DA members, called “partners,” include individuals and organizations alike. Partnership in the Alliance is by invitation-only. These partners pay an initial $25,000 fee, and $30,000 in yearly dues thereafter. They also must give at least $200,000 annually to groups which the Alliance endorses. Donors metaphorically “pour” these requisite donations into one or more of what Rob Stein refers to as DA's “four buckets” of fundraising: ideas, media, leadership training, and civic engagement. The money is then apportioned to approved left-wing groups from each respective category.

DA is known to consist of at least 100 donor-partners but historically has been quite secretive regarding their identities. Nevertheless, the Capital Research Center has managed to compile the names of some of the more significant current and former DA partners (in addition to George Soros and Rob Stein). A large percentage of them have significant ties to Soros that extend well beyond their shared membership in the Democracy Alliance. To view a list of particularly notable DA partners, click here.

No grants were pledged at DA's April 2005 gathering in Phoenix, but at an Atlanta meeting three months later, DA partners pledged $39 million―about a third of which came directly from George Soros and Peter Lewis.  It is impossible to determine precisely how much money DA has disbursed since its inception, though, because the Alliance has largely refrained from providing information about its giving. Thus, only a small percentage of its donees are known to the public.   As of 2008, most estimates placed the figure at more than $100 million. One source―Alliance member Simon Rosenberg―claimed in August 2008 that DA had already “channeled hundreds of millions of dollars into progressive organizations.” To view a list of some of DA's known donees―and in certain cases the sums they have received from the Alliance―click here. (Again, the Capital Research Center was instrumental in identifying these donees, many of whom have financial and ideological ties to George Soros and the Open Society Institute that long predate their connections to the Democracy Alliance.)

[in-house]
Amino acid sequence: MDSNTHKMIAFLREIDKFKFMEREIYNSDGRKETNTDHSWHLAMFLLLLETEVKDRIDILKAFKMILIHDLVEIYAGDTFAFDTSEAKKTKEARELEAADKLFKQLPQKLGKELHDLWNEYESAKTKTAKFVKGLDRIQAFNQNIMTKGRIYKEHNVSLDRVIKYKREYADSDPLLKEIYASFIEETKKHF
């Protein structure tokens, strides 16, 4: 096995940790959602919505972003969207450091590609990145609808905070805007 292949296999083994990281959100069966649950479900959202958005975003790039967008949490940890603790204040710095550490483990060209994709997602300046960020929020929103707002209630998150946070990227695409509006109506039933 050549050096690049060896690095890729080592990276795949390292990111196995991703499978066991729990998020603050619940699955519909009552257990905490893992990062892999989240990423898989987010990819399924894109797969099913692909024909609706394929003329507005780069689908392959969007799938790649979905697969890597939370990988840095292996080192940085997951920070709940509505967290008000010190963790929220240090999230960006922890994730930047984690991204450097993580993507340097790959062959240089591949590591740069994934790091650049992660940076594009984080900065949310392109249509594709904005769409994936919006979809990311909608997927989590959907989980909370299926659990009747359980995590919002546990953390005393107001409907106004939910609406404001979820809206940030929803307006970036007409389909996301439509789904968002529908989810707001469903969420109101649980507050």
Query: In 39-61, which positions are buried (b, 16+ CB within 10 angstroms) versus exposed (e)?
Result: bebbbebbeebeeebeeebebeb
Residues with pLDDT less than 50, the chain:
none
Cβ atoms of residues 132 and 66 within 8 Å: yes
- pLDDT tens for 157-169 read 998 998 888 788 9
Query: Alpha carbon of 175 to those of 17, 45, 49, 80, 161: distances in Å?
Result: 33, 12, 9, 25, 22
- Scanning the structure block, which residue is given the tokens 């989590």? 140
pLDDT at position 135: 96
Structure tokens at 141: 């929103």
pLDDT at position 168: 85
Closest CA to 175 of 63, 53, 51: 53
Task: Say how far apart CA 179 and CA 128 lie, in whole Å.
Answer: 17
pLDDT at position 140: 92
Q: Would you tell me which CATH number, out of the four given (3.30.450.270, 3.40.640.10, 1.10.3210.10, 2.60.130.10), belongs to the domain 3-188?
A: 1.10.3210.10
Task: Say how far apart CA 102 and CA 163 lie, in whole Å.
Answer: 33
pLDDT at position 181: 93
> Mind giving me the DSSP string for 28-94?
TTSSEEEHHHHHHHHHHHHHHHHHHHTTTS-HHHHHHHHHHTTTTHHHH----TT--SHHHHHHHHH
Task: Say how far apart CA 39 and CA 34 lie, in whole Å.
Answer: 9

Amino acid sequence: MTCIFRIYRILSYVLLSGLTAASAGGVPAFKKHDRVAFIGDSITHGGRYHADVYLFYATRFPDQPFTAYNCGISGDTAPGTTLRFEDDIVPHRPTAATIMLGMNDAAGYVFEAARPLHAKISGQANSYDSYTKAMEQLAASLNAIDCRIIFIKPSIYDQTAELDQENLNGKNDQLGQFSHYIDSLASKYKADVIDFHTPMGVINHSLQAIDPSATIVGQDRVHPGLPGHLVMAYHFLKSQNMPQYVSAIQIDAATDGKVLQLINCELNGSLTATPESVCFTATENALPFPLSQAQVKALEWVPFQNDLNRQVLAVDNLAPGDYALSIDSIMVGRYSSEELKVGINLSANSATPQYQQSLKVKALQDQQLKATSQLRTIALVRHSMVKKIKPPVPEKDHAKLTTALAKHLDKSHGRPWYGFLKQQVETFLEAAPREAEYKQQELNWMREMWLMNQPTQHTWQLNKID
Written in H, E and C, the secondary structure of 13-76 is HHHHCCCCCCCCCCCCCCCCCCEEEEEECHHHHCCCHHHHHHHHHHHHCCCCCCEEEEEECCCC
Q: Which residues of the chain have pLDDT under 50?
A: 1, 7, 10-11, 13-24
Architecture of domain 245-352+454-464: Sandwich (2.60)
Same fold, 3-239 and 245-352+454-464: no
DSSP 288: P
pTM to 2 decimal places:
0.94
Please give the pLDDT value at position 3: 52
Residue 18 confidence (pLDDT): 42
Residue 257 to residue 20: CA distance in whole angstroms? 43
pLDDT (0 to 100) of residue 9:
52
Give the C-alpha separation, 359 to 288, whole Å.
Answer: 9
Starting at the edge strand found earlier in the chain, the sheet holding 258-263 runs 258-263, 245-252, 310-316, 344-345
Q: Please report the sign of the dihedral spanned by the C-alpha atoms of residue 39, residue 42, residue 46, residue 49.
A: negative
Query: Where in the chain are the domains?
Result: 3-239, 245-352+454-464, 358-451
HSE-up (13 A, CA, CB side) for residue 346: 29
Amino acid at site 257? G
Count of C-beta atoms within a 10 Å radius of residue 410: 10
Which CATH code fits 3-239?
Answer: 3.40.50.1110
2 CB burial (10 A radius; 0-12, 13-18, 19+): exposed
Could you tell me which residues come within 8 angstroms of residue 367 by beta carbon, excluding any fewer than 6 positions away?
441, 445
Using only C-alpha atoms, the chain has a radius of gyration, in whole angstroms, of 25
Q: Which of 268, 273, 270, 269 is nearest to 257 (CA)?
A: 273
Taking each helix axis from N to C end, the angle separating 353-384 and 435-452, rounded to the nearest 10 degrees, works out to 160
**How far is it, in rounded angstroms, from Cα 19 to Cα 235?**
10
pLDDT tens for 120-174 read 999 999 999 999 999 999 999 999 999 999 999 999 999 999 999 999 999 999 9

Since approximately 2006, DA members and staff have been working to establish subchapters of their organization in all 50 states. Their most successful effort to date has been in Colorado, where the local DA has funded such varied enterprises as liberal think tanks, media “watchdog” groups, ethics groups that bring forth so-called public-interest litigation, voter-mobilization groups, media outlets that attack conservatives, and liberal leadership-training centers. The results have been striking: Whereas in 2004 Colorado had a Republican governor, two Republican U.S. senators, and five Republican House members (out of seven), by the end of the 2008 elections the state had a Democratic governor, two Democratic U.S. Senators, and five Democratic House members (out of seven).